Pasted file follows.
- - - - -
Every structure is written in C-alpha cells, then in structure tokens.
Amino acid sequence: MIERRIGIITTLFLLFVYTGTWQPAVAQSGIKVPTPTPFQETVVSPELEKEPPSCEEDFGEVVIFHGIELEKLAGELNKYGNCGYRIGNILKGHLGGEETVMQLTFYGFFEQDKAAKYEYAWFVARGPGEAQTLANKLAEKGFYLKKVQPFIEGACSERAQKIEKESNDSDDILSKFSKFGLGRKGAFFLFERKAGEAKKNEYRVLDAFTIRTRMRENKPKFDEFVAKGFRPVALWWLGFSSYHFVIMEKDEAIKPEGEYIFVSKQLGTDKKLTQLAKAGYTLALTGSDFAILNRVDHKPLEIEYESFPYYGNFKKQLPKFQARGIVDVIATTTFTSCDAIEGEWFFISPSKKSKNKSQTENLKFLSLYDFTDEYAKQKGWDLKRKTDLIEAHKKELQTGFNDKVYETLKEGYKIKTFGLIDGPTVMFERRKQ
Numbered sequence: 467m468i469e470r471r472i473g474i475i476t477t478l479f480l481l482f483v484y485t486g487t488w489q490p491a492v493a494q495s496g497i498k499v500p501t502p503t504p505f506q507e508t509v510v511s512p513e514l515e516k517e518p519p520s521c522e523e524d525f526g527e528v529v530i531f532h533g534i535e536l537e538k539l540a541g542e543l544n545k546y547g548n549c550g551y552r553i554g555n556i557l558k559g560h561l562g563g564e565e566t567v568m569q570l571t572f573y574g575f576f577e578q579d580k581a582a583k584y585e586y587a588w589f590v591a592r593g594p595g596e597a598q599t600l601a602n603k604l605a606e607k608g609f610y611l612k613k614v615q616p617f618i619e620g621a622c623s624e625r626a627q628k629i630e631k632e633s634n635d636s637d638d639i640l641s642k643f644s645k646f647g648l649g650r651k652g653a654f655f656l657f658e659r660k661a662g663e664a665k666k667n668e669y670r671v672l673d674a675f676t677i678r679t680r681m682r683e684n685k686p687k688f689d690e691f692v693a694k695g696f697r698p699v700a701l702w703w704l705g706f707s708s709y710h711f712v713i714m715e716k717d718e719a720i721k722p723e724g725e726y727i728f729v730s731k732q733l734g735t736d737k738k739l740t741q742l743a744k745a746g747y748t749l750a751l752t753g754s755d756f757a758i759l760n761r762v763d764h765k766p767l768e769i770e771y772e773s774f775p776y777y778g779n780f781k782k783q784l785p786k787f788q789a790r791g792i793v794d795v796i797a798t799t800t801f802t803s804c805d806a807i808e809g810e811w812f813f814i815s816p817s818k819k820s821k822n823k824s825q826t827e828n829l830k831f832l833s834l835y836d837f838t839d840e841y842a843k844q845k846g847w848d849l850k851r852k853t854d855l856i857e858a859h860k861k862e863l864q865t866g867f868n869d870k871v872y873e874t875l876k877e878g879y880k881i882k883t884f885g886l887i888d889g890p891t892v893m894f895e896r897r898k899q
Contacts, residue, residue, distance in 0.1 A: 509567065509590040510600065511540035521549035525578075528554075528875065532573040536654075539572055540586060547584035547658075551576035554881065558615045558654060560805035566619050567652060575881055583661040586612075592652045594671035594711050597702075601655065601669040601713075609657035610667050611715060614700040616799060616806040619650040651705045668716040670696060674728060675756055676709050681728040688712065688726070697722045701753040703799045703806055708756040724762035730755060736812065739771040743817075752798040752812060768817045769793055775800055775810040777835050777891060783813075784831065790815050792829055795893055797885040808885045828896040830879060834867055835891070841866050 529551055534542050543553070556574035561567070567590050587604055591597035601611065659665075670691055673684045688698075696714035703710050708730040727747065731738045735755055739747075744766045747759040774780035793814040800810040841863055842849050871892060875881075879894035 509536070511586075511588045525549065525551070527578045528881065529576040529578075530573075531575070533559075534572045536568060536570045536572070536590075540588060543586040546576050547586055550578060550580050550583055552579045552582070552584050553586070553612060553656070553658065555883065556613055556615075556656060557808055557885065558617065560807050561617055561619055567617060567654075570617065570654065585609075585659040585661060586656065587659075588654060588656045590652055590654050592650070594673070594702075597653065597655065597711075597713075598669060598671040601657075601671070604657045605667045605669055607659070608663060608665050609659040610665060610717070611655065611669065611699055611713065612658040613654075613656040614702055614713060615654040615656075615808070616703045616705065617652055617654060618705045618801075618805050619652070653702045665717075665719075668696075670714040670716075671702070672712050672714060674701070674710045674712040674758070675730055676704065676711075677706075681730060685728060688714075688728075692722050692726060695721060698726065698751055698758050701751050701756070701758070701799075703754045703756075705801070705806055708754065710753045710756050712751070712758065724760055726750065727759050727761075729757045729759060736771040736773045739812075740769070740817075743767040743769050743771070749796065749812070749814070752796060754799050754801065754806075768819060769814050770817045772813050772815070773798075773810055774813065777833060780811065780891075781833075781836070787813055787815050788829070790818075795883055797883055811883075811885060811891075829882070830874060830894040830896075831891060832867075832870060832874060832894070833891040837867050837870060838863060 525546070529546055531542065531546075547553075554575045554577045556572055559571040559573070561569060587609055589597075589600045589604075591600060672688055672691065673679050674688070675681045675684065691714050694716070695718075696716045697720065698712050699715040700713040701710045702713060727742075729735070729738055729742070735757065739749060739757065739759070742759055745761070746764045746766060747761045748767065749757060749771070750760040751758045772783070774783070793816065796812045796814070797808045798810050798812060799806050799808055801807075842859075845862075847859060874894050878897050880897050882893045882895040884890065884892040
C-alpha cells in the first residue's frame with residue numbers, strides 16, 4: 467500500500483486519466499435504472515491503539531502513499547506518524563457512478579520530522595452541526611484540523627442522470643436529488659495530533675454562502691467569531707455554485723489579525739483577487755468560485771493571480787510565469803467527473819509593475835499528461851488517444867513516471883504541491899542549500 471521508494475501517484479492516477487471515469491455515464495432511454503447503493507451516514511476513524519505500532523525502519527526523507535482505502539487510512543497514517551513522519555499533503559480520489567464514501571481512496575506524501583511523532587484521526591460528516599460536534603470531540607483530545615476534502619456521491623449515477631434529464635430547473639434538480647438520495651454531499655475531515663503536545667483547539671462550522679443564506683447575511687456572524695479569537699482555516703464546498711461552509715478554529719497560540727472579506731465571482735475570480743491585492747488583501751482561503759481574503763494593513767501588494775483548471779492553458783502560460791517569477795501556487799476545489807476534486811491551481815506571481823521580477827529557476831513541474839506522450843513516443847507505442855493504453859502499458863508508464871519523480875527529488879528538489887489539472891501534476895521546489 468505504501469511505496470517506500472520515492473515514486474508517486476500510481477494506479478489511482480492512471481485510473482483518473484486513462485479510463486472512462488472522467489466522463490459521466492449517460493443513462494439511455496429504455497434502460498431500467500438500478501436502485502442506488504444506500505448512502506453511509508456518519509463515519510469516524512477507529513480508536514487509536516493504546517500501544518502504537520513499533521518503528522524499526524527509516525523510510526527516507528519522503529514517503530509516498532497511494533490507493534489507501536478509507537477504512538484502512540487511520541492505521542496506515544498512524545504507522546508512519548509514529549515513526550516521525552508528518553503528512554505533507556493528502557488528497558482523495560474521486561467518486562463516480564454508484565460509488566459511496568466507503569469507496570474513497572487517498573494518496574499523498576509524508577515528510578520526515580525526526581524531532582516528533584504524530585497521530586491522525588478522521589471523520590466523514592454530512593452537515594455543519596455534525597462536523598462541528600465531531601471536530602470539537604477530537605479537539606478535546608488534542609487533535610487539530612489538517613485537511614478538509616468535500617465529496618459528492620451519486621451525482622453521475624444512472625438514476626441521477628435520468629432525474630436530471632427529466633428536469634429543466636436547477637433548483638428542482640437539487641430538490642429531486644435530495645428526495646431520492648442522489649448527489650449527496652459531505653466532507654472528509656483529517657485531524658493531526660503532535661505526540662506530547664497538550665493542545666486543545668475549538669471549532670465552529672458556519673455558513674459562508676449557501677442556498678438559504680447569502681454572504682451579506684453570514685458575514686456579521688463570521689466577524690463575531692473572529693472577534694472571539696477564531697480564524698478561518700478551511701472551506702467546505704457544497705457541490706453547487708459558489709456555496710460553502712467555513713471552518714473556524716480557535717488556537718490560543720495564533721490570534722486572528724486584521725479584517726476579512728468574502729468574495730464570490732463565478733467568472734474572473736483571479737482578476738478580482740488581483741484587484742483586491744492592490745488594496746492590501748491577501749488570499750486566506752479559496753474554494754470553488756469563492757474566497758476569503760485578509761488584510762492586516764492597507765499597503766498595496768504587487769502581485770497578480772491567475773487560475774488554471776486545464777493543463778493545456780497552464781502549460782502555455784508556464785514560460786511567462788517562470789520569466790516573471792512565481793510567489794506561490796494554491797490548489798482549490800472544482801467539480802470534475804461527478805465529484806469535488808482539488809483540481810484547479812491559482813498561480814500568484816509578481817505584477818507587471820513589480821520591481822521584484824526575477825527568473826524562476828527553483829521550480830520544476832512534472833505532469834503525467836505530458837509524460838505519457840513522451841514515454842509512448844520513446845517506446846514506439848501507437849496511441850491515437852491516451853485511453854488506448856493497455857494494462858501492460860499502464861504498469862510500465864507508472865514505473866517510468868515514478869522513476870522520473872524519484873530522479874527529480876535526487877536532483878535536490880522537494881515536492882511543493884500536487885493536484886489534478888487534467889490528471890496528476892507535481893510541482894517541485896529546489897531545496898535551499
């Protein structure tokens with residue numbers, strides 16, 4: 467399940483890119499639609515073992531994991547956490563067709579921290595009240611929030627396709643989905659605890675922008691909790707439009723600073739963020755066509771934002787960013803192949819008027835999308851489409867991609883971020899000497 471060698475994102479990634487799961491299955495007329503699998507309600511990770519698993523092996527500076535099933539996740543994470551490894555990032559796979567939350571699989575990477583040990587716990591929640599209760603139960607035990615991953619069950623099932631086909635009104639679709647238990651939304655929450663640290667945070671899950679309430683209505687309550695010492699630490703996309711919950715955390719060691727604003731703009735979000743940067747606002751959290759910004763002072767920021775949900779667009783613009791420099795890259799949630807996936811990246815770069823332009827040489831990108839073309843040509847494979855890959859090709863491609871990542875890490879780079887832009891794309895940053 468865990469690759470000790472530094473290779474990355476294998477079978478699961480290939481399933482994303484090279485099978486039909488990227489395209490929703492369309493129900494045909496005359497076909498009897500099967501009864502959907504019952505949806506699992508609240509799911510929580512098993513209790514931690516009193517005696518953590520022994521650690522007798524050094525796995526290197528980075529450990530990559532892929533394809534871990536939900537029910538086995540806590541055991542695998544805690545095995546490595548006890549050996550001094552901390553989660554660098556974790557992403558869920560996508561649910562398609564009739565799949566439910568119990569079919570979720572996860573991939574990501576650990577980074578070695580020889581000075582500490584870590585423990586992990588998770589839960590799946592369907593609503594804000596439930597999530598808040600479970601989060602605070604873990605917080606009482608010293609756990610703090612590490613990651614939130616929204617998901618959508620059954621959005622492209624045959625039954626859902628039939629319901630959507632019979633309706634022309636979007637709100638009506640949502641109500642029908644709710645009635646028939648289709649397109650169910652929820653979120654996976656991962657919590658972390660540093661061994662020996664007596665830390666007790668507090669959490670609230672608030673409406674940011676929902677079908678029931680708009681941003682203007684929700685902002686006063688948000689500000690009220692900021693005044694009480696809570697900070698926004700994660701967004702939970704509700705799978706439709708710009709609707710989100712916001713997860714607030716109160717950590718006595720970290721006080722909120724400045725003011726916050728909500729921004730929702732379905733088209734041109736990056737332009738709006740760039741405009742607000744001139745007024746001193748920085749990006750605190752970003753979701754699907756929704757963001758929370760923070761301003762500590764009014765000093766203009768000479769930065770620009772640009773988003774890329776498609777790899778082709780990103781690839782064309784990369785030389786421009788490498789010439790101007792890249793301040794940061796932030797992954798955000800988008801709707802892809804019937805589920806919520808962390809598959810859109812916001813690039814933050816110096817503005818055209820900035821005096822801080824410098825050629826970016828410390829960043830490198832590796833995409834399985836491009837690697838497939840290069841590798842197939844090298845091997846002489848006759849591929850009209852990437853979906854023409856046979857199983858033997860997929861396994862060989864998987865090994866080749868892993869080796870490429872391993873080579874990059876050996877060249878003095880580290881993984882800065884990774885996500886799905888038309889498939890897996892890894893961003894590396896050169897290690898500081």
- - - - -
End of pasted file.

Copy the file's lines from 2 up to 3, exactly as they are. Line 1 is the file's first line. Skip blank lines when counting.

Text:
Amino acid sequence: MIERRIGIITTLFLLFVYTGTWQPAVAQSGIKVPTPTPFQETVVSPELEKEPPSCEEDFGEVVIFHGIELEKLAGELNKYGNCGYRIGNILKGHLGGEETVMQLTFYGFFEQDKAAKYEYAWFVARGPGEAQTLANKLAEKGFYLKKVQPFIEGACSERAQKIEKESNDSDDILSKFSKFGLGRKGAFFLFERKAGEAKKNEYRVLDAFTIRTRMRENKPKFDEFVAKGFRPVALWWLGFSSYHFVIMEKDEAIKPEGEYIFVSKQLGTDKKLTQLAKAGYTLALTGSDFAILNRVDHKPLEIEYESFPYYGNFKKQLPKFQARGIVDVIATTTFTSCDAIEGEWFFISPSKKSKNKSQTENLKFLSLYDFTDEYAKQKGWDLKRKTDLIEAHKKELQTGFNDKVYETLKEGYKIKTFGLIDGPTVMFERRKQ
Numbered sequence: 467m468i469e470r471r472i473g474i475i476t477t478l479f480l481l482f483v484y485t486g487t488w489q490p491a492v493a494q495s496g497i498k499v500p501t502p503t504p505f506q507e508t509v510v511s512p513e514l515e516k517e518p519p520s521c522e523e524d525f526g527e528v529v530i531f532h533g534i535e536l537e538k539l540a541g542e543l544n545k546y547g548n549c550g551y552r553i554g555n556i557l558k559g560h561l562g563g564e565e566t567v568m569q570l571t572f573y574g575f576f577e578q579d580k581a582a583k584y585e586y587a588w589f590v591a592r593g594p595g596e597a598q599t600l601a602n603k604l605a606e607k608g609f610y611l612k613k614v615q616p617f618i619e620g621a622c623s624e625r626a627q628k629i630e631k632e633s634n635d636s637d638d639i640l641s642k643f644s645k646f647g648l649g650r651k652g653a654f655f656l657f658e659r660k661a662g663e664a665k666k667n668e669y670r671v672l673d674a675f676t677i678r679t680r681m682r683e684n685k686p687k688f689d690e691f692v693a694k695g696f697r698p699v700a701l702w703w704l705g706f707s708s709y710h711f712v713i714m715e716k717d718e719a720i721k722p723e724g725e726y727i728f729v730s731k732q733l734g735t736d737k738k739l740t741q742l743a744k745a746g747y748t749l750a751l752t753g754s755d756f757a758i759l760n761r762v763d764h765k766p767l768e769i770e771y772e773s774f775p776y777y778g779n780f781k782k783q784l785p786k787f788q789a790r791g792i793v794d795v796i797a798t799t800t801f802t803s804c805d806a807i808e809g810e811w812f813f814i815s816p817s818k819k820s821k822n823k824s825q826t827e828n829l830k831f832l833s834l835y836d837f838t839d840e841y842a843k844q845k846g847w848d849l850k851r852k853t854d855l856i857e858a859h860k861k862e863l864q865t866g867f868n869d870k871v872y873e874t875l876k877e878g879y880k881i882k883t884f885g886l887i888d889g890p891t892v893m894f895e896r897r898k899q